The rise of the Welsh National Football Team
Euro 2020 may have ended abruptly for Wales, but the nation’s progress on the football pitch can’t go unnoticed
Defeat in Amsterdam on Saturday was bitterly disappointing for everyone associated with Welsh football.
Wales were lethargic and second best all across the pitch and Denmark put the Welsh Dragons to the sword. It was a far cry from the adventures of 2016, but even the last 16 departure goes to show how the Welsh have come on the international football scene in the last two decades.
Around 20 years ago, Wales finished second from bottom with just one win from 10 matches in their 2002 World Cup qualifying group.
Gary Speed, Ryan Giggs and Robert Earnshaw were amongst the squad that fell short against the likes of Belarus and Norway. The next ten years would see more struggles on the pitch.
In August 2011, in what was Gary Speed’s first match as manager, Wales lost 2–0 at home to England and slipped to 117th in the FIFA rankings; their lowest position on record.
Wales would go on to miss out on a playoff place for Euro 2012 by just three points, winning three and losing five of their eight group games.
The 2014 World Cup Qualifiers brought more disappointment for the Welsh. Wales finished second from bottom and won just three of 10 group games. Once the side dusted themselves down, they readied themselves for a tournament the nation will never forget.
Chris Coleman’s side were placed in a group alongside Belgium, Bosnia & Herzegovina, Israel, Cyprus and Andorra. The Red Wall had a whale of a time watching their side finish second in the group, losing just one match and picking up an excellent 0–0 draw away to group winners Belgium.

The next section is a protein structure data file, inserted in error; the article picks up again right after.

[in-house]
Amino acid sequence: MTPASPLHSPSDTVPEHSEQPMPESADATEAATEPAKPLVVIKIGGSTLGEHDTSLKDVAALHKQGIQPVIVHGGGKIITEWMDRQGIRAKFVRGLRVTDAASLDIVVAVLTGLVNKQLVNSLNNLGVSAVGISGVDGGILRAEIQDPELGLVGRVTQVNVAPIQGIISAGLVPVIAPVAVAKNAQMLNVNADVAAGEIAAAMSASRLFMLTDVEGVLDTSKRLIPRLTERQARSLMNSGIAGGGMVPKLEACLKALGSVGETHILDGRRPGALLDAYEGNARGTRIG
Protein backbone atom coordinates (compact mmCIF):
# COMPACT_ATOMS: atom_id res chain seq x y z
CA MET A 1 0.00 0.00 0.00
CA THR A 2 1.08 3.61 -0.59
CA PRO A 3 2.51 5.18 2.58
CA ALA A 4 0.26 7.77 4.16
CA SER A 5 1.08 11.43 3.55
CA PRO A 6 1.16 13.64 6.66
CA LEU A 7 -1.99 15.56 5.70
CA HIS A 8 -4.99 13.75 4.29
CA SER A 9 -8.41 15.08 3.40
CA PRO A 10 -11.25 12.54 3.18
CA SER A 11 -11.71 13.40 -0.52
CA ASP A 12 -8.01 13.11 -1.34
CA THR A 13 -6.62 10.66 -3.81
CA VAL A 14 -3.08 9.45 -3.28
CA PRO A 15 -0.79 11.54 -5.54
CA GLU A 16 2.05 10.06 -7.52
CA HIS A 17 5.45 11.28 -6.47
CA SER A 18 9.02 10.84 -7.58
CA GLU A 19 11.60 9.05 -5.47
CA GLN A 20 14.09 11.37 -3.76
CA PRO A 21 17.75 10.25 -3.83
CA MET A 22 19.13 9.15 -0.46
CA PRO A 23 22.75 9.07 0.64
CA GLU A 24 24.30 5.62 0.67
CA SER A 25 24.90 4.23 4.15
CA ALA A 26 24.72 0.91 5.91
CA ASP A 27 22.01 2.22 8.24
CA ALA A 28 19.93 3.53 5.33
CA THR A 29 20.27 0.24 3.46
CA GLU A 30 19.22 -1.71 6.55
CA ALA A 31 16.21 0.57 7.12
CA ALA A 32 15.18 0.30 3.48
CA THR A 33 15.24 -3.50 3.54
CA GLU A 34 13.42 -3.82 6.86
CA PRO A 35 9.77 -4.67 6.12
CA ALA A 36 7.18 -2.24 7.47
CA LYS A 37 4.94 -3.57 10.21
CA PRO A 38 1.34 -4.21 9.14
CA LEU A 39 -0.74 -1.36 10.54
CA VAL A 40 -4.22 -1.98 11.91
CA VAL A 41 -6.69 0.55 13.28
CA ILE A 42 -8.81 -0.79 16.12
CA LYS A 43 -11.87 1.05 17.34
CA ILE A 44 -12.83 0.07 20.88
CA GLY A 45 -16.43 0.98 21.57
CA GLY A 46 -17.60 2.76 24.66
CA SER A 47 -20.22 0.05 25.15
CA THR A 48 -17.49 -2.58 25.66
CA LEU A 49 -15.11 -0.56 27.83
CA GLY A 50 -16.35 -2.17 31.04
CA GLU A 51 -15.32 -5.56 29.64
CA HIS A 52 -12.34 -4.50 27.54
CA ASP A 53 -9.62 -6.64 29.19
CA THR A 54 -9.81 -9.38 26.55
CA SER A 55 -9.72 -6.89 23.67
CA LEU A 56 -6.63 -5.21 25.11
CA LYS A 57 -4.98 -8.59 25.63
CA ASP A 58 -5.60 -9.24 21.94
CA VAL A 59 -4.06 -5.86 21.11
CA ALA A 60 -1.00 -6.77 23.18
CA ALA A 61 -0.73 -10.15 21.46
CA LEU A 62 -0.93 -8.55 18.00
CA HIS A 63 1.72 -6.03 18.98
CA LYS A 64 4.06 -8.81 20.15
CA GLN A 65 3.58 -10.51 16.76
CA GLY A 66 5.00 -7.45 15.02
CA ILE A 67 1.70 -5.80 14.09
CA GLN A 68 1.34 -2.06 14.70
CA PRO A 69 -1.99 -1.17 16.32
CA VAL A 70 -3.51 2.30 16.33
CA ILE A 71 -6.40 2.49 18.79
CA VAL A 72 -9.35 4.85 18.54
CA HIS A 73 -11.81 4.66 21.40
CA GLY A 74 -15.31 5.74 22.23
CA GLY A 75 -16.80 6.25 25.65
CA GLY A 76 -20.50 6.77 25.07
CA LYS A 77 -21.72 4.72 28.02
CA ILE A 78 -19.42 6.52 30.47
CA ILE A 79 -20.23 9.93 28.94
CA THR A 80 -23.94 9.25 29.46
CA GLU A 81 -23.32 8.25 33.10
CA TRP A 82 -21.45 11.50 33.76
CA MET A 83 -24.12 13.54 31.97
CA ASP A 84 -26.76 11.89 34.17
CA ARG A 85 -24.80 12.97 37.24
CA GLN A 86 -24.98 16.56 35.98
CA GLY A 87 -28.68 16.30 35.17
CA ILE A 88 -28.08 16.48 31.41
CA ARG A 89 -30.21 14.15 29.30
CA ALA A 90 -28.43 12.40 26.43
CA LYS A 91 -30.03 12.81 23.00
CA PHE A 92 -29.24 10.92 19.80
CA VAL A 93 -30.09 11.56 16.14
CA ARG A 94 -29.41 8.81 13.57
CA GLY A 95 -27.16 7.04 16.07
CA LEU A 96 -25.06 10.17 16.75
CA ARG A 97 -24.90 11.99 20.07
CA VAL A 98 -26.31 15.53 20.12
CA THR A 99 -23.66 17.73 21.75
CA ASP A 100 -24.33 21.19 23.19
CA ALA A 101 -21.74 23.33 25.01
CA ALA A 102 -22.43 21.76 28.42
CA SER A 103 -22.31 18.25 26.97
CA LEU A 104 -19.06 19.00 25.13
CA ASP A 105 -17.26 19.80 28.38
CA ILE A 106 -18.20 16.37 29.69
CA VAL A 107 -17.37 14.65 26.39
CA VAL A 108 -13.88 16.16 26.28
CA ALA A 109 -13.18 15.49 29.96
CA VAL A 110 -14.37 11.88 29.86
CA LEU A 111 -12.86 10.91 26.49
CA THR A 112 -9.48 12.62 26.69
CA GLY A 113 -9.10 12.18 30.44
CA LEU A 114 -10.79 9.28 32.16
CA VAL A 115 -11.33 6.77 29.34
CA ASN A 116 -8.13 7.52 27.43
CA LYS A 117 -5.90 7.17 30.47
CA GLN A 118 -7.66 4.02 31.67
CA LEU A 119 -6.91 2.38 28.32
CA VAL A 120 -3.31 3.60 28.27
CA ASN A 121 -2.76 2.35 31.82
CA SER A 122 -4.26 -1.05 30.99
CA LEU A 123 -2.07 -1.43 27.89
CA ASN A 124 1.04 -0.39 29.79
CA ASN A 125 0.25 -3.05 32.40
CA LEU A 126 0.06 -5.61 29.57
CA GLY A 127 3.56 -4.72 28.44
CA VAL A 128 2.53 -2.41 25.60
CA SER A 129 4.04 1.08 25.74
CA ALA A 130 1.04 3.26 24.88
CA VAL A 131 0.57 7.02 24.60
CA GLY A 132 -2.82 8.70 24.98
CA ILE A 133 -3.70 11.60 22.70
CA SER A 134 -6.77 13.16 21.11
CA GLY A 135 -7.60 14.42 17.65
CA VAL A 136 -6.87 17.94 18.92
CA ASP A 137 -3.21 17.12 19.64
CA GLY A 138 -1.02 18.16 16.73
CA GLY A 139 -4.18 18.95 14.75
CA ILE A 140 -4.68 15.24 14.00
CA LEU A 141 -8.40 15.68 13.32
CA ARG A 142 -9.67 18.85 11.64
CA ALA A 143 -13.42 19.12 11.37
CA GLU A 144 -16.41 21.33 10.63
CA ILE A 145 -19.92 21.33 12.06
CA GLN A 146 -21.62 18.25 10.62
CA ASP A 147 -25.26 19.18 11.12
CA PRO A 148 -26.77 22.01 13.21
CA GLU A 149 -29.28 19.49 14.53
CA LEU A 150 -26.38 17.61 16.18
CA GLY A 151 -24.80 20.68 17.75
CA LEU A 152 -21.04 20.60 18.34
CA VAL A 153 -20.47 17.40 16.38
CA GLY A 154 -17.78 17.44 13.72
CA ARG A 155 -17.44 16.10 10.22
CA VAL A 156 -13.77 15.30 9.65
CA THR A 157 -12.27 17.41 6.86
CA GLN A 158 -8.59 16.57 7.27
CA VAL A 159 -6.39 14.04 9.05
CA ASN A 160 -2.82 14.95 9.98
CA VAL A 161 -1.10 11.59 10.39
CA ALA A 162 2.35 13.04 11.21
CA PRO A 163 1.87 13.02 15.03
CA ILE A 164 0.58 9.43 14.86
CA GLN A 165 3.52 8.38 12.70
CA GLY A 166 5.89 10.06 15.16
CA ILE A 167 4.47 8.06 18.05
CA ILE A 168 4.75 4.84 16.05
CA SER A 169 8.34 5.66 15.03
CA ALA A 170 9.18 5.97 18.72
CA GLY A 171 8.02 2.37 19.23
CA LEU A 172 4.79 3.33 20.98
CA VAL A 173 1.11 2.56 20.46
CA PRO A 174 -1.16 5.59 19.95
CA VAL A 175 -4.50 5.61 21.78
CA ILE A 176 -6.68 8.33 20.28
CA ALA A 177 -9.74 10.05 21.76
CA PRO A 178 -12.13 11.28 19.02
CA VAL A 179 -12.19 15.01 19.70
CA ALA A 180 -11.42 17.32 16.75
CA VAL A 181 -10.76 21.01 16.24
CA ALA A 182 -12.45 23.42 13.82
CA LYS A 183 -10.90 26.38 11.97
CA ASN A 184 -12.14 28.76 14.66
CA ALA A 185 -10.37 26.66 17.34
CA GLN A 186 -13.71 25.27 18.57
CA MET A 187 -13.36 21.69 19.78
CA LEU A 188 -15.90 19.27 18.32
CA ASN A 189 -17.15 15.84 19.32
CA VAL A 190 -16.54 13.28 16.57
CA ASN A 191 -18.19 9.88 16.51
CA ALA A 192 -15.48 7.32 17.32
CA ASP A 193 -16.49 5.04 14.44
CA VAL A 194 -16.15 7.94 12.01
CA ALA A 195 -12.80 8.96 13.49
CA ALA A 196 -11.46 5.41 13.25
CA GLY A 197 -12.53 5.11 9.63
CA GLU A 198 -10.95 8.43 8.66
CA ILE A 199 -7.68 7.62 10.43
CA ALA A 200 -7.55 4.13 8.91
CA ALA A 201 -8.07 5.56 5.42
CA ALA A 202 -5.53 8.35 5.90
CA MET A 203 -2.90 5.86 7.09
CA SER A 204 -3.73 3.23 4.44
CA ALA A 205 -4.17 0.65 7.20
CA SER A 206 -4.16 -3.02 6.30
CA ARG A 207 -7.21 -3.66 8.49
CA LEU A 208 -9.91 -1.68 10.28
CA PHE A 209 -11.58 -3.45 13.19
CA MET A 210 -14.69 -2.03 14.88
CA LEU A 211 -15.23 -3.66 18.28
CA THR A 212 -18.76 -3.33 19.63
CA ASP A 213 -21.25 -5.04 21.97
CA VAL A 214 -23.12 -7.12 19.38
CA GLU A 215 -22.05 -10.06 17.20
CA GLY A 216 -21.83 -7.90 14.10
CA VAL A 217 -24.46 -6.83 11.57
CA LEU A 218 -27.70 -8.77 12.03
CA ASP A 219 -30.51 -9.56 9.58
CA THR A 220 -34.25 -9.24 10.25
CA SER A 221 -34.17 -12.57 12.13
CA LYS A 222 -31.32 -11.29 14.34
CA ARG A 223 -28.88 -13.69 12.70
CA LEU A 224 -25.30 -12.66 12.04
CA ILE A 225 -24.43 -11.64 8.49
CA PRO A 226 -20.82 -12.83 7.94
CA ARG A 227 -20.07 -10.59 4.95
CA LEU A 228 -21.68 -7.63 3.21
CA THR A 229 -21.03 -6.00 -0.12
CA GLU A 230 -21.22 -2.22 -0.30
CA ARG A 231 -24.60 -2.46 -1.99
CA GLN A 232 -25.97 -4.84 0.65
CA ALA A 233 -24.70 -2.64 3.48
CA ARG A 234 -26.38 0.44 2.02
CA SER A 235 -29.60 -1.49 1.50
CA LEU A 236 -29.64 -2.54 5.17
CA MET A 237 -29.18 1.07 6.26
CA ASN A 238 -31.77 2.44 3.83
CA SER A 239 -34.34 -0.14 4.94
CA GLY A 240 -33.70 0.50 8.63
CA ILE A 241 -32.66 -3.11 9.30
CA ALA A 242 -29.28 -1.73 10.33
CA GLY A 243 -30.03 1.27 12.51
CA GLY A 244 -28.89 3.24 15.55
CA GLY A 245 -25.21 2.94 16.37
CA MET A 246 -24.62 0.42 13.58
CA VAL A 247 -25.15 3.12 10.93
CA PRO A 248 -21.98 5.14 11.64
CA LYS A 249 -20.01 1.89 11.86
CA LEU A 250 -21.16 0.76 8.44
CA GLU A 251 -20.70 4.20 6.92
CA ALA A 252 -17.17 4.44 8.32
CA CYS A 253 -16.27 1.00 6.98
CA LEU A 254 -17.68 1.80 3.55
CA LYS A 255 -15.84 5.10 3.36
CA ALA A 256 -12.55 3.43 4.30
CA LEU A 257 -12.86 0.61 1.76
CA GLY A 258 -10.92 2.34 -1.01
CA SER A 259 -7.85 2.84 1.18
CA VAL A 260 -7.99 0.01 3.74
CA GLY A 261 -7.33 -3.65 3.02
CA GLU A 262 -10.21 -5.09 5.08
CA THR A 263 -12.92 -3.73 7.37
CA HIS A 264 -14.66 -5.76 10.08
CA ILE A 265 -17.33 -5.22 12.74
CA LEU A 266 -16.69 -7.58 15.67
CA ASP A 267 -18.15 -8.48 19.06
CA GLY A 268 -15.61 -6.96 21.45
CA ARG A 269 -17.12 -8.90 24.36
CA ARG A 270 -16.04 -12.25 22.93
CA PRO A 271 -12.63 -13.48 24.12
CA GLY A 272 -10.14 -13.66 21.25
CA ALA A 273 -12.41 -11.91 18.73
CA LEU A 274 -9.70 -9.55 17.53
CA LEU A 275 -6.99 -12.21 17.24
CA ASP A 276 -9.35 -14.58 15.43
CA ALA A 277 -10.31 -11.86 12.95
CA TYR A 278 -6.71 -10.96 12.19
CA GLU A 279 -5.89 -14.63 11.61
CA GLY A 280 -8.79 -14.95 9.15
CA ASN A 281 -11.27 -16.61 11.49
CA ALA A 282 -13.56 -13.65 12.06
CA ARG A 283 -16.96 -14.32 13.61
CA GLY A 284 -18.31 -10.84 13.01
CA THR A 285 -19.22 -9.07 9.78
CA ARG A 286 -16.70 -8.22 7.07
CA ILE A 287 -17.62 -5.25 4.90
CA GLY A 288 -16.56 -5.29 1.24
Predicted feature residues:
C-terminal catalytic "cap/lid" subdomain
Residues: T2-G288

At the tournament in France, things got even better for Cymru. Two wins from three, including a convincing 3–0 win over Russia to seal their place as group winners, had Wales flying in their first ever European Championships.
This set up a last 16 tie with Northern Ireland, where a Gareth MacAuley own goal sent the Welsh into a quarter final tie with Belgium.
The star studded lineup was intimidating on paper, but Wales didn’t take note of any script.
Goals from Ashley Williams and Sam Vokes either side of a peach of a strike by Hal Robson Kanu sent Wales into the semi-final with a 3–1 win.
The semi-final clash with Portugal proved a step too far for Wales as they went down 2–0 to the side that would go on to lift the trophy. It was a summer that changed the way Welsh football was viewed, and five years on the national side still strive to emulate the performance at that tournament.
Wales didn’t last as long in this years Euro’s as they would have liked, but the fact is that they have appeared at two straight European Championships and reached the knock out stage on both occasions. For a country with three million inhabitants, that’s an effort to be proud of.
The next priority for a Wales team rebuilding after decades of tournament qualifying failure will be to reach their first World Cup in over 60 years. With qualifying for Qatar 2022 well under way, their chances will rest in the next few months.